Easier learning after neurofeedback of alpha waves
Scientists at the Ruhr-Universität Bochum were able to prove that the alpha oscillations of the brain play an essential role in learning and that they can be trained by neurofeedback. Alpha waves range from 8 to 13 Hertz and are believed to suppress irrelevant information. A high proportion of alpha waves is associated with high attention and better results in cognitive tasks.
In the study 76 persons trained their alpha activity with the neurofeedback system THERA PRAX®. Half of the participants were supposed to promote alpha waves, the other half to suppress them. After only two training sessions, both groups succeeded in changing the activity in the desired direction.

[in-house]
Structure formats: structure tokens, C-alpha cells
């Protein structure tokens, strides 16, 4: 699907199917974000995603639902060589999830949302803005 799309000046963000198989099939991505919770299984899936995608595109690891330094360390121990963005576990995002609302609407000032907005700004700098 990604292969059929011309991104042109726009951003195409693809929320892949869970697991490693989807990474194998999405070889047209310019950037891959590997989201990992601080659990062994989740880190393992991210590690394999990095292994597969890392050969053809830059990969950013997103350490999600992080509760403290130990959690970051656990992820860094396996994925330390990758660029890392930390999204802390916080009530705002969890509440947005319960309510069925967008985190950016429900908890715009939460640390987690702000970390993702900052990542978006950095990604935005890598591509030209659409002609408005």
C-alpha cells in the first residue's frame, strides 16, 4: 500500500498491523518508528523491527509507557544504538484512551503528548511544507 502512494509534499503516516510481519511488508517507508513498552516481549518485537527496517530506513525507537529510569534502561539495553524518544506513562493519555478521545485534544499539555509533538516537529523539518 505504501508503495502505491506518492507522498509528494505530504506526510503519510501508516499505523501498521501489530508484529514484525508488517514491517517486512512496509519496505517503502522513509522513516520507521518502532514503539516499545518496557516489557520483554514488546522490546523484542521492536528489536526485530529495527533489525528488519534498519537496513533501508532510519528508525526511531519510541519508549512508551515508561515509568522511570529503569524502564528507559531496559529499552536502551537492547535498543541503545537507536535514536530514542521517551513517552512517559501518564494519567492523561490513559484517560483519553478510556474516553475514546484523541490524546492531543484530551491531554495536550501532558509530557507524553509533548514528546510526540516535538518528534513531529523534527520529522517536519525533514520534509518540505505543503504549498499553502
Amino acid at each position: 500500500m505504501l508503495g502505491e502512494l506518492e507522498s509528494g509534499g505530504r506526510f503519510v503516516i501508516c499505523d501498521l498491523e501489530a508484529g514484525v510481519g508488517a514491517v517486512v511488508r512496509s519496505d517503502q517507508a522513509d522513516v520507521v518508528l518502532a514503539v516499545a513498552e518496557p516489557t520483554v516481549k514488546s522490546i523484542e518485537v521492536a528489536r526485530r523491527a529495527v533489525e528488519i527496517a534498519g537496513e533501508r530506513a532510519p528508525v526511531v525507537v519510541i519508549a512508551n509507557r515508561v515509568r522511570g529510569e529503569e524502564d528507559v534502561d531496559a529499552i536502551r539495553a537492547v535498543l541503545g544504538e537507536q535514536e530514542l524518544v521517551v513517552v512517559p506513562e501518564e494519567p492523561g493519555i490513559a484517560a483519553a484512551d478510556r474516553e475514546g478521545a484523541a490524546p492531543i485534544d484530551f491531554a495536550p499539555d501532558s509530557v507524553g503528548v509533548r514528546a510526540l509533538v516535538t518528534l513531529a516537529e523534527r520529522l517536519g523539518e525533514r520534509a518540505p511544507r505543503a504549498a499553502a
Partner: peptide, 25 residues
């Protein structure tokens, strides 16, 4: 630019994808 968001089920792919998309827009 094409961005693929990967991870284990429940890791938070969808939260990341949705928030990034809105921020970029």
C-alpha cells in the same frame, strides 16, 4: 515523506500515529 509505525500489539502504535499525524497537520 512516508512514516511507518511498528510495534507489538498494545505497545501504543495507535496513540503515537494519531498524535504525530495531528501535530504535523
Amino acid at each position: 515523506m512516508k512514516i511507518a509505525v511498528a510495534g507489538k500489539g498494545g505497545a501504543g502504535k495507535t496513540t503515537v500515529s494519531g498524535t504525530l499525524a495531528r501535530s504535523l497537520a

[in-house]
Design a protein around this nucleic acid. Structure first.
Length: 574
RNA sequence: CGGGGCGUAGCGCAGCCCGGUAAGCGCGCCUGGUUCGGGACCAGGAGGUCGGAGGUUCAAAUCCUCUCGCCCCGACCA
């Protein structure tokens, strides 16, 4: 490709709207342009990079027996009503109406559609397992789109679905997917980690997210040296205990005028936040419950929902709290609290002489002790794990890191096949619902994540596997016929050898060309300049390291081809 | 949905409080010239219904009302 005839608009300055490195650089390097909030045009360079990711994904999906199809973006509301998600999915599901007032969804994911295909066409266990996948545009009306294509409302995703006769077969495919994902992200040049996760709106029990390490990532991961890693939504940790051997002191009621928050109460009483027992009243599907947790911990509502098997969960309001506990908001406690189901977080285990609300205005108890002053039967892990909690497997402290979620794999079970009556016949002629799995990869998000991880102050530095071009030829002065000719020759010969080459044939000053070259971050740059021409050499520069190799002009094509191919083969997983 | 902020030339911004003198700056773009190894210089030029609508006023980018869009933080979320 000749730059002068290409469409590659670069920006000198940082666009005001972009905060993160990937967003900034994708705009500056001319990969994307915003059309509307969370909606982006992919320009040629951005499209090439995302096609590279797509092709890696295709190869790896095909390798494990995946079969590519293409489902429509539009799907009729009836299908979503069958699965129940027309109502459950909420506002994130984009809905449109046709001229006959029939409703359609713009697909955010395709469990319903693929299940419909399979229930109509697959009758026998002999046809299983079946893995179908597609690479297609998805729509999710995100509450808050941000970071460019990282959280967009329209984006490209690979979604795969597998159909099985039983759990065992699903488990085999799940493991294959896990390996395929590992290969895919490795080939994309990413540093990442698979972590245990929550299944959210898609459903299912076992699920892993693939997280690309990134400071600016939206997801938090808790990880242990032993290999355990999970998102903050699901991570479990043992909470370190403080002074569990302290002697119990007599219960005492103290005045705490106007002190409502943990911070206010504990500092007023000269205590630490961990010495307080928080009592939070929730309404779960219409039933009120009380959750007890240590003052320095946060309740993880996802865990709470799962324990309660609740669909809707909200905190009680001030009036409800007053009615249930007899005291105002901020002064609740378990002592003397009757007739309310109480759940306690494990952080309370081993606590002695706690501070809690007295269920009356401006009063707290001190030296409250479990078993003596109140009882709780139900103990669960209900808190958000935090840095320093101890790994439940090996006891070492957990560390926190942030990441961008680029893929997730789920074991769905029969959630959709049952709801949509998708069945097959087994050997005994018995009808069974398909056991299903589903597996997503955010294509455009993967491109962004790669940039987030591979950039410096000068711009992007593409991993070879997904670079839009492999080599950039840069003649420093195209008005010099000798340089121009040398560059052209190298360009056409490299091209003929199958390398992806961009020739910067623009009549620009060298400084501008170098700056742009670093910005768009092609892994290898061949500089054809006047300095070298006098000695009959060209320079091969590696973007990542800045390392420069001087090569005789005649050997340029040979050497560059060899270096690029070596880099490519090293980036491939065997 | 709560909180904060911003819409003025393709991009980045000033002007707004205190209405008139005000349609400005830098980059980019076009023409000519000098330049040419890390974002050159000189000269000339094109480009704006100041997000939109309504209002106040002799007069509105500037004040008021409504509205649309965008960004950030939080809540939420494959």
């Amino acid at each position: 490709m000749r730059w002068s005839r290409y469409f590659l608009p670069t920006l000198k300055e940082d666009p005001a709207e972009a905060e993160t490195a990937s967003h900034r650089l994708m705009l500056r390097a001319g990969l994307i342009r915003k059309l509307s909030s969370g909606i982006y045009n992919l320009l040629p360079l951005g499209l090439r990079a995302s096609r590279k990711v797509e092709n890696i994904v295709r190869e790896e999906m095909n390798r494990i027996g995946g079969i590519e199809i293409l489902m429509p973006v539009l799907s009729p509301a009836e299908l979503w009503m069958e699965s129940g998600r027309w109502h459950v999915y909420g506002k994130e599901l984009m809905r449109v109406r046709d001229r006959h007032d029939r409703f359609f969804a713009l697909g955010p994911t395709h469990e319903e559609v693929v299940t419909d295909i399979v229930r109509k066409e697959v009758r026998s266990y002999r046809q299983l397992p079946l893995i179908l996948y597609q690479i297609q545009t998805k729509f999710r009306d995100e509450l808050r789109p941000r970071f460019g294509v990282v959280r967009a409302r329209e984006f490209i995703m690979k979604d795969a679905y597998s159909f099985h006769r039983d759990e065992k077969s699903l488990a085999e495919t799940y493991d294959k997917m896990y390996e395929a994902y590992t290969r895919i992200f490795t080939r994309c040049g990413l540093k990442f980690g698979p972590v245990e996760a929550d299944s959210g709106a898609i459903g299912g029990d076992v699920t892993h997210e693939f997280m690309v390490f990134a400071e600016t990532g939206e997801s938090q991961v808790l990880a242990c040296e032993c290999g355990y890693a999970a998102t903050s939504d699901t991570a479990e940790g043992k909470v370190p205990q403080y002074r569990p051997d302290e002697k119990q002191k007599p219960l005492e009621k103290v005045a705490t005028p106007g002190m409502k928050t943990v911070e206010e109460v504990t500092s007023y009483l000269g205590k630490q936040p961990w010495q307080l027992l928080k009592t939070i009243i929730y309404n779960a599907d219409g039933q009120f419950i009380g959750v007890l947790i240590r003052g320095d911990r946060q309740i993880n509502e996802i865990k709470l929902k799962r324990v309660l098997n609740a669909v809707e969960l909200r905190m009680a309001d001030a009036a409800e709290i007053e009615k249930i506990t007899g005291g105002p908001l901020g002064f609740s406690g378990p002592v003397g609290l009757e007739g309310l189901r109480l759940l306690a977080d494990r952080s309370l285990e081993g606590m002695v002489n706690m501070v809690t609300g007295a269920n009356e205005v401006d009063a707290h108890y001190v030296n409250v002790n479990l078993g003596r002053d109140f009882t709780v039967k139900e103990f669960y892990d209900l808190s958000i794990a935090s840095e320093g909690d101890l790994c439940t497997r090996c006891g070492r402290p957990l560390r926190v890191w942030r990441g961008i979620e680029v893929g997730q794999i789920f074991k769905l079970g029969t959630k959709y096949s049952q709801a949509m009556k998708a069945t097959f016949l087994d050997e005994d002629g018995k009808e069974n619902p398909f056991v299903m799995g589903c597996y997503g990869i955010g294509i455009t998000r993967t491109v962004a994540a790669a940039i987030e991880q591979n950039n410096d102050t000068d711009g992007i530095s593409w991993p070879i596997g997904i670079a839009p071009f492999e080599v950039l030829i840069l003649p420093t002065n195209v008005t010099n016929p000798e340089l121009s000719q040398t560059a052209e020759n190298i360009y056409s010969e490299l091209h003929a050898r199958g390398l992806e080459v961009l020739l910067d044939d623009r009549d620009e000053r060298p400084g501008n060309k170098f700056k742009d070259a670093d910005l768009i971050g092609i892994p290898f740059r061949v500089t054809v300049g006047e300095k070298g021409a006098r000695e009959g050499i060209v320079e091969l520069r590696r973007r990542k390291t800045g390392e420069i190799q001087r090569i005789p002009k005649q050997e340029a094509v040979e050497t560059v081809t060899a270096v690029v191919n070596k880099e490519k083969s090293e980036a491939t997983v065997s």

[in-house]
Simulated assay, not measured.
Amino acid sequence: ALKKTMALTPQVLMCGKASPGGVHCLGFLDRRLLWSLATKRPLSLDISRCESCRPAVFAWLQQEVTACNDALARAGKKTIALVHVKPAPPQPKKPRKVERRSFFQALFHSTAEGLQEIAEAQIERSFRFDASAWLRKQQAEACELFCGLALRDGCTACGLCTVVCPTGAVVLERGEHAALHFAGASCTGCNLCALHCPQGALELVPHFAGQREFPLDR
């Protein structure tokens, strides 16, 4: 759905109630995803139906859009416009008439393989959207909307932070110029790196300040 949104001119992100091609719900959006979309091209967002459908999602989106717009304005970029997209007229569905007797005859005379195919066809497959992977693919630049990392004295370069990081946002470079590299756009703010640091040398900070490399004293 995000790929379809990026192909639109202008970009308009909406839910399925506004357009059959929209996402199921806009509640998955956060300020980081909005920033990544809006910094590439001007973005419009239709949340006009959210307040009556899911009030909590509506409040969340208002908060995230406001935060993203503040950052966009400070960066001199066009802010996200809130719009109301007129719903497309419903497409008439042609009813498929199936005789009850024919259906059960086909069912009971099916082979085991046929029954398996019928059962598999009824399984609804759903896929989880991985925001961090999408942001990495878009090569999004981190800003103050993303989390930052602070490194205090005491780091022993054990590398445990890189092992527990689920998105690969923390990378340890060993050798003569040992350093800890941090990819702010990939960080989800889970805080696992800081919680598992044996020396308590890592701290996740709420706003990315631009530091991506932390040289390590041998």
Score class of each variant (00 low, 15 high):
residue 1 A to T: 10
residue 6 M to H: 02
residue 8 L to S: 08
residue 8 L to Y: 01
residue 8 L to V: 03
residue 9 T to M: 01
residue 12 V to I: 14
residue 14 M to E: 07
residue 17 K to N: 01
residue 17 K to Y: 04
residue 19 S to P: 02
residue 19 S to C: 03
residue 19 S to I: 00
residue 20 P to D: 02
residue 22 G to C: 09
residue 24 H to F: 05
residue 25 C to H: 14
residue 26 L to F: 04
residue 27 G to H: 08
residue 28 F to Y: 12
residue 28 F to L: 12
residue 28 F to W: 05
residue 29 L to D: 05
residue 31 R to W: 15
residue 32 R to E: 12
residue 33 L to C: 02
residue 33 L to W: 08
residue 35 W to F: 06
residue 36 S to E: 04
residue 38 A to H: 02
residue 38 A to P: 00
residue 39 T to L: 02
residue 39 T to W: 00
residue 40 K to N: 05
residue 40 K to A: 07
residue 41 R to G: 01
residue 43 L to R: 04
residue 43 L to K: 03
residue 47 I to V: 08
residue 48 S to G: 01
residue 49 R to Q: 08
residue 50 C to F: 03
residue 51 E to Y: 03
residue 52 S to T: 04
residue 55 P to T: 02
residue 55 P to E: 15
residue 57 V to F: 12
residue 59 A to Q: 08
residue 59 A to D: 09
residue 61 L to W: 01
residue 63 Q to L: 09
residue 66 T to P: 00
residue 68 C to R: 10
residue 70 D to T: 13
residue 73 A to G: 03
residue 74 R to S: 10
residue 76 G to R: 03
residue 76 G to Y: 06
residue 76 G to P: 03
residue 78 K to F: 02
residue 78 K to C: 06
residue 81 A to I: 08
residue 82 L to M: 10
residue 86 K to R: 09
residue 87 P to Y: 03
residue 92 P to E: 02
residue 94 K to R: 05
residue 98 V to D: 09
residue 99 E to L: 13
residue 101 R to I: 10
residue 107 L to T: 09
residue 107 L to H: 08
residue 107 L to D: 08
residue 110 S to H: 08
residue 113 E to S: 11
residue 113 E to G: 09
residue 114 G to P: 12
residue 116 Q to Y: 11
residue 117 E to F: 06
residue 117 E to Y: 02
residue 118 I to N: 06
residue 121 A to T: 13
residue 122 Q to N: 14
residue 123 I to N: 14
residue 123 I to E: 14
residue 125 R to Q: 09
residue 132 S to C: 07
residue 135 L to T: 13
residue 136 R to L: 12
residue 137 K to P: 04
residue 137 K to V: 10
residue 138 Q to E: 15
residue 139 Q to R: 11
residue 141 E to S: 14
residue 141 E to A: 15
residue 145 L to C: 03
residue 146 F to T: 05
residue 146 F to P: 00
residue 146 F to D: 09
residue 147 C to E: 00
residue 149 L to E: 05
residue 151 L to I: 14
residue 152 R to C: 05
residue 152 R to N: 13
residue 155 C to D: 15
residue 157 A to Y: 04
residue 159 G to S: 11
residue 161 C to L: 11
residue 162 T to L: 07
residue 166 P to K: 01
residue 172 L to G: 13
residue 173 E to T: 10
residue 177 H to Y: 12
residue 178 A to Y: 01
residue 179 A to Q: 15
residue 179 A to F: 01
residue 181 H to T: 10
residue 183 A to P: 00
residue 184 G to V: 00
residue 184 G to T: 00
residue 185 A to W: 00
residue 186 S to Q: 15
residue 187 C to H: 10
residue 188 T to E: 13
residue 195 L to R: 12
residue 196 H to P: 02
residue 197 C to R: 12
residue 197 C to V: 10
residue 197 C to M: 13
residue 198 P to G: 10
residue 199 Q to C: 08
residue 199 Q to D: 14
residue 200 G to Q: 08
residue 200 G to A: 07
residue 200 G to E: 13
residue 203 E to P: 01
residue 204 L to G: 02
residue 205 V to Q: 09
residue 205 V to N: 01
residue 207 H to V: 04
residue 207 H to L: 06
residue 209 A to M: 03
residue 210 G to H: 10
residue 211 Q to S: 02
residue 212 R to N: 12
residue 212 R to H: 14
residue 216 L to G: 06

In the subsequent learning task for the sense of touch, the group with increased alpha activity performed significantly better than an untrained control group. In the other group there was no learning effect.
The scientists Marion Brickwedde and PD Dr. Hubert Dinse hope from the results that alpha neurofeedback will be beneficial for everyday learning as well as in rehabilitation and other clinical areas.